Markets and Regulatory Hold-Up Problems
AbstractMany regulatory programs such as environmental regulation are effective only if firms make irreversible investments that reduce the cost of compliance. A firm potentially subject to regulation may therefore behave strategically by not investing, thereby forcing the regulator to void the proposed regulation. We show that such incentives, which resemble a hold-up problem, may not be overcome when governmentÃ¢â¬â¢s only tool is the imposition of an emissions tax. The hold-up problem can be overcome by the issuance of tradeable permits. A time-consistent equilibrium exists with all firms investing and the government imposing regulations, even if no permits are traded and their market price is low. Indeed, an observation of no trade may indicate that pollution abatement is great.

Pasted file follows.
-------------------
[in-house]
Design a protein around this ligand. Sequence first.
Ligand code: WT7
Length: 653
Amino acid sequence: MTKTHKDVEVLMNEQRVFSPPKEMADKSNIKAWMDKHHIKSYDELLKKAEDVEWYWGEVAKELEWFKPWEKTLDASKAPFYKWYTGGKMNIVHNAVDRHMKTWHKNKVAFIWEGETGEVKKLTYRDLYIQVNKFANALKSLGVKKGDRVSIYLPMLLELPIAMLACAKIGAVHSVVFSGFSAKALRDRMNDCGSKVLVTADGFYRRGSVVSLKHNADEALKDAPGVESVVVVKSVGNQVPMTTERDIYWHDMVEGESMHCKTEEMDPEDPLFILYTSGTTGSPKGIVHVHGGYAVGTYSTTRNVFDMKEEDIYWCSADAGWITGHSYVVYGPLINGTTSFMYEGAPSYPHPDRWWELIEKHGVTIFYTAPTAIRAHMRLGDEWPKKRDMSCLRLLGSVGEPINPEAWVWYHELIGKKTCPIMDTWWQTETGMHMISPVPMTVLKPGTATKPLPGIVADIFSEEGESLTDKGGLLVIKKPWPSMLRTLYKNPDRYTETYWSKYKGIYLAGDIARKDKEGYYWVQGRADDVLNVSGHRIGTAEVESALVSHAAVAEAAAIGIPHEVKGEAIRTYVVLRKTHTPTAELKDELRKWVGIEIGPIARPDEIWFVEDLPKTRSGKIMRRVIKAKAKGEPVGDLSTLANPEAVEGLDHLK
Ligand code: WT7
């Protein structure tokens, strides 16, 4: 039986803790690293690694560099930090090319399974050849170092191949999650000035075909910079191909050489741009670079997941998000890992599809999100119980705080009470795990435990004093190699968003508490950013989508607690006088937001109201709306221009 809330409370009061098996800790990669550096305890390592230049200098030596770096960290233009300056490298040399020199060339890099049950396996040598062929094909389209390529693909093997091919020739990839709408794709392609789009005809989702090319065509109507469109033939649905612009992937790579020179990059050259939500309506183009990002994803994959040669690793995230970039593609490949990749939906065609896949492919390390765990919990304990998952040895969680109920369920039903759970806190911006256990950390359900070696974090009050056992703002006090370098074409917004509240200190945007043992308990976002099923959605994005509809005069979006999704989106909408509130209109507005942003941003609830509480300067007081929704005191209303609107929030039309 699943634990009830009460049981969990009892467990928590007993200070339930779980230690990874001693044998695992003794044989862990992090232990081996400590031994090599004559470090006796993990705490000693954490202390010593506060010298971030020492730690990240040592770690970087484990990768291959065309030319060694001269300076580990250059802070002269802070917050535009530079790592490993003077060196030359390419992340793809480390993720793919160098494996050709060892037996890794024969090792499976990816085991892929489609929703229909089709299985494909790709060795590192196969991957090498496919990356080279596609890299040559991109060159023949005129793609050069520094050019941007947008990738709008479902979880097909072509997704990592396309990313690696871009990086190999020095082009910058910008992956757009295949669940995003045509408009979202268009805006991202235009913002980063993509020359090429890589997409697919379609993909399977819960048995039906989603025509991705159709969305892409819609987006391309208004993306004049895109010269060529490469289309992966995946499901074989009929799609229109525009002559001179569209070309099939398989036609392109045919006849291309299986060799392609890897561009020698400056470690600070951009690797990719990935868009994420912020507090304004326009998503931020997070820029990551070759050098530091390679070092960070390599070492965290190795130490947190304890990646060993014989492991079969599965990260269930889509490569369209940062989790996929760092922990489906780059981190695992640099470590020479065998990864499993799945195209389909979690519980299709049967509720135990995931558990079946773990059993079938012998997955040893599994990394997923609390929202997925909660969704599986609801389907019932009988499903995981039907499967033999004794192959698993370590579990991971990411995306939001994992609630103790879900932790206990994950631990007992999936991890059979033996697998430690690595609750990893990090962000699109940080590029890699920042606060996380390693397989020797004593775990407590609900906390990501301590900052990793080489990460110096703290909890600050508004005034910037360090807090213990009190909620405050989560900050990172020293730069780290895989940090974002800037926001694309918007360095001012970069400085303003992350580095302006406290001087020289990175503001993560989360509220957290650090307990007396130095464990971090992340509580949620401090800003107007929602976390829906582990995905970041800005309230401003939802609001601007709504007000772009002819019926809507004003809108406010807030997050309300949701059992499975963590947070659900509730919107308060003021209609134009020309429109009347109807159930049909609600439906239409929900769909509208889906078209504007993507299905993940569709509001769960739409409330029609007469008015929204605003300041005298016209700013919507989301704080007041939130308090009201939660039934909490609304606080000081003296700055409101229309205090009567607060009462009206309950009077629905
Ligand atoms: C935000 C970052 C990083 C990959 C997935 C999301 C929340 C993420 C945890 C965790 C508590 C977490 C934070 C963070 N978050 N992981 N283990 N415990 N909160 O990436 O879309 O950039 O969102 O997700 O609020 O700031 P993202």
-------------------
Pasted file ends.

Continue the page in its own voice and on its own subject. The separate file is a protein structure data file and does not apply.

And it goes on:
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Bibliographic InfoArticle provided by Elsevier in its journal Journal of Environmental Economics and Management.
Volume (Year): 37 (1999)
Issue (Month): 2 (March)
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Web page: http://www.elsevier.com/locate/inca/622870
Other versions of this item:
- Gersbach, Hans & Glazer, Amihai, 1999. "Markets and regulatory hold-up problems," University of California Transportation Center, Working Papers qt76f9604n, University of California Transportation Center.
- Gersbach, Hans & Glazer, Amihai, 1998. "Markets and regulatory hold-up problems," University of California Transportation Center, Working Papers qt9gf9t35g, University of California Transportation Center.
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